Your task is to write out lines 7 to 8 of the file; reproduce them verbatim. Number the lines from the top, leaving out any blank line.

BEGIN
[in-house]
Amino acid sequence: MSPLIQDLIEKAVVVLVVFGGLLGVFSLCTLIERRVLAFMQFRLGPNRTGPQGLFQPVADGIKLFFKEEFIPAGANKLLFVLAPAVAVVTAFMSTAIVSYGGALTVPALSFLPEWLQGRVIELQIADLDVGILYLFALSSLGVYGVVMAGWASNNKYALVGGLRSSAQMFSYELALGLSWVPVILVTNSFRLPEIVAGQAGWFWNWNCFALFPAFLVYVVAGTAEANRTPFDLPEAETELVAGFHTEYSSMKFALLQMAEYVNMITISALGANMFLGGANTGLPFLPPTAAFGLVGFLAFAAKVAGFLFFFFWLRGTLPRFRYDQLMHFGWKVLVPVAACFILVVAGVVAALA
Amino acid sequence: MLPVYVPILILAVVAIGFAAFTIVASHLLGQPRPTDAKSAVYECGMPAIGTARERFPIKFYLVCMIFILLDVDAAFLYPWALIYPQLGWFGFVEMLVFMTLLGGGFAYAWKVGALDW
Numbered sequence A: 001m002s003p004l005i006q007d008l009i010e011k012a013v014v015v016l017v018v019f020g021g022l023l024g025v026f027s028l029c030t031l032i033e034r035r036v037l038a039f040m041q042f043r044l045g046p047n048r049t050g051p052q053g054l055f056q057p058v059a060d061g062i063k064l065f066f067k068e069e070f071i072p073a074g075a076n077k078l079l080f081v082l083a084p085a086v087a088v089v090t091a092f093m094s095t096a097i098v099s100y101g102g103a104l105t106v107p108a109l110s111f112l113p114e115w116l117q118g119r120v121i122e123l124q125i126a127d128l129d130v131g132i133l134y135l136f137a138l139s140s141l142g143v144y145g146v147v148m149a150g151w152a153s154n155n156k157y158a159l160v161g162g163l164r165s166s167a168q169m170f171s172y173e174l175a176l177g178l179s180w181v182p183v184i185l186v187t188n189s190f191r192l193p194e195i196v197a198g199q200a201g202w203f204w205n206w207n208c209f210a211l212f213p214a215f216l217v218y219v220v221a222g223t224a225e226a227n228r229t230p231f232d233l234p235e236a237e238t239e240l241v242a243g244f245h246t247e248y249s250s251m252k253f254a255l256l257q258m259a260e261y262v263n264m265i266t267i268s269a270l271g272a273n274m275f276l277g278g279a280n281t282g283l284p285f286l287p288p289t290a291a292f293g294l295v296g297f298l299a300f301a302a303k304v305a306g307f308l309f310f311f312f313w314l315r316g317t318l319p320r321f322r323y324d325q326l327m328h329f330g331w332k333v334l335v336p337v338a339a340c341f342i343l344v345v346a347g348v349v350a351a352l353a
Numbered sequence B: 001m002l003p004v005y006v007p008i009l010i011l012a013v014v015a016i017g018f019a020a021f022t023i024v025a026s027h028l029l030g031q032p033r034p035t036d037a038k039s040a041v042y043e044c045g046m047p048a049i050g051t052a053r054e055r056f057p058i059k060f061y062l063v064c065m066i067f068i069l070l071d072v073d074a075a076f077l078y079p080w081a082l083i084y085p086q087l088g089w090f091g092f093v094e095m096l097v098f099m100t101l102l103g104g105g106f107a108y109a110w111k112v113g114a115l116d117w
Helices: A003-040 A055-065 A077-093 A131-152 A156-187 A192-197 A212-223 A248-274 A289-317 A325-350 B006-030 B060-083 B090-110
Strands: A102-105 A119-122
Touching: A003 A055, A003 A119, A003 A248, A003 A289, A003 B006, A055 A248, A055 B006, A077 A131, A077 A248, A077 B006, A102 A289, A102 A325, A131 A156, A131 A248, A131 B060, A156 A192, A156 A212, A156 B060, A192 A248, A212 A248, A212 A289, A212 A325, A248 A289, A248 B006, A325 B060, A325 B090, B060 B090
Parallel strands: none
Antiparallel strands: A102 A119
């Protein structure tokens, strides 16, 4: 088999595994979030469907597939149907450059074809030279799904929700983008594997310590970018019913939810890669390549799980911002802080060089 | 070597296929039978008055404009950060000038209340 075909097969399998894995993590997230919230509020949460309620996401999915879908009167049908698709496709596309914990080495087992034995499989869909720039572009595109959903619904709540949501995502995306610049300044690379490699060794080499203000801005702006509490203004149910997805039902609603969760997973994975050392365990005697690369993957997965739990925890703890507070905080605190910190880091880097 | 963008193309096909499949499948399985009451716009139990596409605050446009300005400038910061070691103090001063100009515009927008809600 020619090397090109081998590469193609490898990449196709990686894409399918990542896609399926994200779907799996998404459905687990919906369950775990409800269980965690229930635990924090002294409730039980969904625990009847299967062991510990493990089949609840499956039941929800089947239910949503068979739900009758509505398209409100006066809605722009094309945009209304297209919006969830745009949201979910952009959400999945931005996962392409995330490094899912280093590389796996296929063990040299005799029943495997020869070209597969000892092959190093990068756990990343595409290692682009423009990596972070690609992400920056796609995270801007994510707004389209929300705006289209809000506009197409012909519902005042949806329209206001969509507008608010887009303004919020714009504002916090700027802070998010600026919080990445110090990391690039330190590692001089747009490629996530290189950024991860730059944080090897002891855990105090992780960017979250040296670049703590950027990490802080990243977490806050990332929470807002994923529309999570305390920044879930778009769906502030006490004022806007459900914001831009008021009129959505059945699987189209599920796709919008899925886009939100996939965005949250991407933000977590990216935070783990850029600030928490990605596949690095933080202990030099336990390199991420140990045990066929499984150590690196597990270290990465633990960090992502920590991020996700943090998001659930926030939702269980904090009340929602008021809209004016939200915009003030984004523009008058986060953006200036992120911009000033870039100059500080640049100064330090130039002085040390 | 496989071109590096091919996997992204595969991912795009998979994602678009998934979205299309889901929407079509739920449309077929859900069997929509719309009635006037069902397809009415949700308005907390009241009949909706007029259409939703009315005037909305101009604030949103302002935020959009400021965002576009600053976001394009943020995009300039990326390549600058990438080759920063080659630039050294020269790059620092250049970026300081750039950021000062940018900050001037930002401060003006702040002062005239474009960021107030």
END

Strands: A102-105 A119-122
Touching: A003 A055, A003 A119, A003 A248, A003 A289, A003 B006, A055 A248, A055 B006, A077 A131, A077 A248, A077 B006, A102 A289, A102 A325, A131 A156, A131 A248, A131 B060, A156 A192, A156 A212, A156 B060, A192 A248, A212 A248, A212 A289, A212 A325, A248 A289, A248 B006, A325 B060, A325 B090, B060 B090